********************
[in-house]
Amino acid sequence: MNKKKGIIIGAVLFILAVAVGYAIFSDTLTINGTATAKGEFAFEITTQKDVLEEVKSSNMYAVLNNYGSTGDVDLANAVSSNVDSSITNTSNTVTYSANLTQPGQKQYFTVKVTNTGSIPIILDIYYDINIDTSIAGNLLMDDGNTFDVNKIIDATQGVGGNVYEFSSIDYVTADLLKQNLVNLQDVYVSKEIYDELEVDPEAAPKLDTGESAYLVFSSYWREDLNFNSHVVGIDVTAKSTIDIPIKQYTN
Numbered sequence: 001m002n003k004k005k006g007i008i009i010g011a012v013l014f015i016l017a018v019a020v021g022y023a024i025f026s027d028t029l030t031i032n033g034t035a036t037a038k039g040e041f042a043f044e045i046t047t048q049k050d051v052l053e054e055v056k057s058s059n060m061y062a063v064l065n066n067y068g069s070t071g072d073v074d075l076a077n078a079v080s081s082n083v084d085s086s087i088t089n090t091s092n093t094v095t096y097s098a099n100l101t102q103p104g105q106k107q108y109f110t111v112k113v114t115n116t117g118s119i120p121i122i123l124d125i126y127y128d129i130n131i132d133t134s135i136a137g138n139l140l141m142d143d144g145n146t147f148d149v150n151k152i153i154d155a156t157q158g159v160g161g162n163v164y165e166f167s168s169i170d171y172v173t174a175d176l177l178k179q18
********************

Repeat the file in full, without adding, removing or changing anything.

[in-house]
Amino acid sequence: MNKKKGIIIGAVLFILAVAVGYAIFSDTLTINGTATAKGEFAFEITTQKDVLEEVKSSNMYAVLNNYGSTGDVDLANAVSSNVDSSITNTSNTVTYSANLTQPGQKQYFTVKVTNTGSIPIILDIYYDINIDTSIAGNLLMDDGNTFDVNKIIDATQGVGGNVYEFSSIDYVTADLLKQNLVNLQDVYVSKEIYDELEVDPEAAPKLDTGESAYLVFSSYWREDLNFNSHVVGIDVTAKSTIDIPIKQYTN
Numbered sequence: 001m002n003k004k005k006g007i008i009i010g011a012v013l014f015i016l017a018v019a020v021g022y023a024i025f026s027d028t029l030t031i032n033g034t035a036t037a038k039g040e041f042a043f044e045i046t047t048q049k050d051v052l053e054e055v056k057s058s059n060m061y062a063v064l065n066n067y068g069s070t071g072d073v074d075l076a077n078a079v080s081s082n083v084d085s086s087i088t089n090t091s092n093t094v095t096y097s098a099n100l101t102q103p104g105q106k107q108y109f110t111v112k113v114t115n116t117g118s119i120p121i122i123l124d125i126y127y128d129i130n131i132d133t134s135i136a137g138n139l140l141m142d143d144g145n146t147f148d149v150n151k152i153i154d155a156t157q158g159v160g161g162n163v164y165e166f167s168s169i170d171y172v173t174a175d176l177l178k179q18